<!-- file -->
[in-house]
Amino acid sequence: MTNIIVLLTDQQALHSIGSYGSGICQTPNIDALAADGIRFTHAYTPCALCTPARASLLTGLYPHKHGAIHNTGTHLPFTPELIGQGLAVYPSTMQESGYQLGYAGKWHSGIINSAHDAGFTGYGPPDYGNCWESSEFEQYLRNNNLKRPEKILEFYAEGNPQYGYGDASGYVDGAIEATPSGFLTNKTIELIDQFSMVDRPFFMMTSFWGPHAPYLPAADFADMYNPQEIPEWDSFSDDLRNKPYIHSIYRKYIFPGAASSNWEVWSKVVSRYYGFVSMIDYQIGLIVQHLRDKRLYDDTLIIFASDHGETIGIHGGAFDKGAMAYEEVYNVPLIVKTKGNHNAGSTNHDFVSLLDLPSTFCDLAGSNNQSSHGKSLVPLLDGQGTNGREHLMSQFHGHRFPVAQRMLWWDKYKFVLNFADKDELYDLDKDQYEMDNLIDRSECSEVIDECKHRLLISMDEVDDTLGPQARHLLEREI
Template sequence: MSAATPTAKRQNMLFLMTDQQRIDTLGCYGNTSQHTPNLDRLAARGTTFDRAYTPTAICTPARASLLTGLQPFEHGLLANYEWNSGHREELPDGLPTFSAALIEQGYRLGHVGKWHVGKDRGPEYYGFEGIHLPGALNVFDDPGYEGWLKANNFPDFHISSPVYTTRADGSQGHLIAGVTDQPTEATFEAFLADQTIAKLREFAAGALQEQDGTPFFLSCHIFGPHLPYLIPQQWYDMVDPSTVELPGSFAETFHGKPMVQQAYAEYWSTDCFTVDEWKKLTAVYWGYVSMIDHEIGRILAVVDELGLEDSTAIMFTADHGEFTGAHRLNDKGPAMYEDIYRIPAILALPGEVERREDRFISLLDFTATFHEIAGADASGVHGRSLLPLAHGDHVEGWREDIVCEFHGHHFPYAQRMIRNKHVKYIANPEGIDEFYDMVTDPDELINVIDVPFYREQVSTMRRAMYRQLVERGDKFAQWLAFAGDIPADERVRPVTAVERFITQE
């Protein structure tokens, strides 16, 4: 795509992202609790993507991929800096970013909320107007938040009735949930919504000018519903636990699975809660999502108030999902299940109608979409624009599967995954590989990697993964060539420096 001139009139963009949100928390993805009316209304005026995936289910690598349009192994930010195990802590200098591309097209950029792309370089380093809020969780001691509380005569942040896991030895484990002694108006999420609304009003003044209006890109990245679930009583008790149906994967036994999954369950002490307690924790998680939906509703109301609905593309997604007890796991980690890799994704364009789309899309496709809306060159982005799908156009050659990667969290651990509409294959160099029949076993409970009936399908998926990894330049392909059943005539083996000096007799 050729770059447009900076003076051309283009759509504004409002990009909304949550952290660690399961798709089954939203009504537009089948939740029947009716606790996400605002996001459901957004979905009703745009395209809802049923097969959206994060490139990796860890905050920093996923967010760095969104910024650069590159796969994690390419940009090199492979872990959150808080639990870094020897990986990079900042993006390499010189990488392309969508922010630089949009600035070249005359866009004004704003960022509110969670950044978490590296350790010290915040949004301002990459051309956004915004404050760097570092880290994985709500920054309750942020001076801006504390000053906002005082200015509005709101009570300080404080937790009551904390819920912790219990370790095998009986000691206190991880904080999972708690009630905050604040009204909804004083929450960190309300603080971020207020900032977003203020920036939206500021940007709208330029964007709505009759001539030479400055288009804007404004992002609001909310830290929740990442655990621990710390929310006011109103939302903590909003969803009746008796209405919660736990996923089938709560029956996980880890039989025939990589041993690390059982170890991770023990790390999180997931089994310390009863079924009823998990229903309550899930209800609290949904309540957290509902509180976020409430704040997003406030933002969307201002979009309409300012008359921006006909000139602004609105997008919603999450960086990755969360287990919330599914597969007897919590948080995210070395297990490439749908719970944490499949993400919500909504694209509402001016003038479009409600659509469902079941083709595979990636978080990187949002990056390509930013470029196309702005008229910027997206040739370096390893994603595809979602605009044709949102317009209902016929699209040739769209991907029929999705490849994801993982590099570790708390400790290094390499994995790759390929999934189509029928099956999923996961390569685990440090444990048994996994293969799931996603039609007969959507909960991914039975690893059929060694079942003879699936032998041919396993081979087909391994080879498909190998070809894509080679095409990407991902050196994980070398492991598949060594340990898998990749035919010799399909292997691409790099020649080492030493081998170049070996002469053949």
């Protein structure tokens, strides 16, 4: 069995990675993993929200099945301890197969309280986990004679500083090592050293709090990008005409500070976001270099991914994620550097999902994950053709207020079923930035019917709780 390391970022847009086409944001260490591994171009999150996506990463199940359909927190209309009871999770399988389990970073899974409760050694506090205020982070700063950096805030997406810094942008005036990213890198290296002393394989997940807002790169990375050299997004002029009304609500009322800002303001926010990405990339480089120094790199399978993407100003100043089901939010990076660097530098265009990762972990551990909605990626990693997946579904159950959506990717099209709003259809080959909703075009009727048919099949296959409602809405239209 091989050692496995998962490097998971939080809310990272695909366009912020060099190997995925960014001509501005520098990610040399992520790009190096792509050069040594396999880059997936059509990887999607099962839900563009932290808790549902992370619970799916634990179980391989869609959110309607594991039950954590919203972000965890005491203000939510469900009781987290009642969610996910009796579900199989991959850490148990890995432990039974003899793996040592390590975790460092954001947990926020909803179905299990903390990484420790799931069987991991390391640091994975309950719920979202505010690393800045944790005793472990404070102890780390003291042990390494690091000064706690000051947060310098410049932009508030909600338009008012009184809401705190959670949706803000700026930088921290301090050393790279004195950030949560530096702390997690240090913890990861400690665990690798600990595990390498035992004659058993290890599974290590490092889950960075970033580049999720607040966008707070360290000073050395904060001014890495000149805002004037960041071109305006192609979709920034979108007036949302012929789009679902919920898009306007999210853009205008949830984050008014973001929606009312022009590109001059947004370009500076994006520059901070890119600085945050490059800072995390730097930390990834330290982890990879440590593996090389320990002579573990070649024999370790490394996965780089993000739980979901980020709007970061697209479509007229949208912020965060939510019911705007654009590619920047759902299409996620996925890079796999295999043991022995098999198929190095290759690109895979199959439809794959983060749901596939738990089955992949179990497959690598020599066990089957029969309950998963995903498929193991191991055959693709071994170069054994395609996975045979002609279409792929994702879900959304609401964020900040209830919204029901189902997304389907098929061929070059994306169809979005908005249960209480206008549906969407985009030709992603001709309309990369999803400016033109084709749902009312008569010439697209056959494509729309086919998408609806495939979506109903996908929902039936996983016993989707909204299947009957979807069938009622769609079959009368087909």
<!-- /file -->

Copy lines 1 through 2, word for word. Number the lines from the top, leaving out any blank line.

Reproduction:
[in-house]
Amino acid sequence: MTNIIVLLTDQQALHSIGSYGSGICQTPNIDALAADGIRFTHAYTPCALCTPARASLLTGLYPHKHGAIHNTGTHLPFTPELIGQGLAVYPSTMQESGYQLGYAGKWHSGIINSAHDAGFTGYGPPDYGNCWESSEFEQYLRNNNLKRPEKILEFYAEGNPQYGYGDASGYVDGAIEATPSGFLTNKTIELIDQFSMVDRPFFMMTSFWGPHAPYLPAADFADMYNPQEIPEWDSFSDDLRNKPYIHSIYRKYIFPGAASSNWEVWSKVVSRYYGFVSMIDYQIGLIVQHLRDKRLYDDTLIIFASDHGETIGIHGGAFDKGAMAYEEVYNVPLIVKTKGNHNAGSTNHDFVSLLDLPSTFCDLAGSNNQSSHGKSLVPLLDGQGTNGREHLMSQFHGHRFPVAQRMLWWDKYKFVLNFADKDELYDLDKDQYEMDNLIDRSECSEVIDECKHRLLISMDEVDDTLGPQARHLLEREI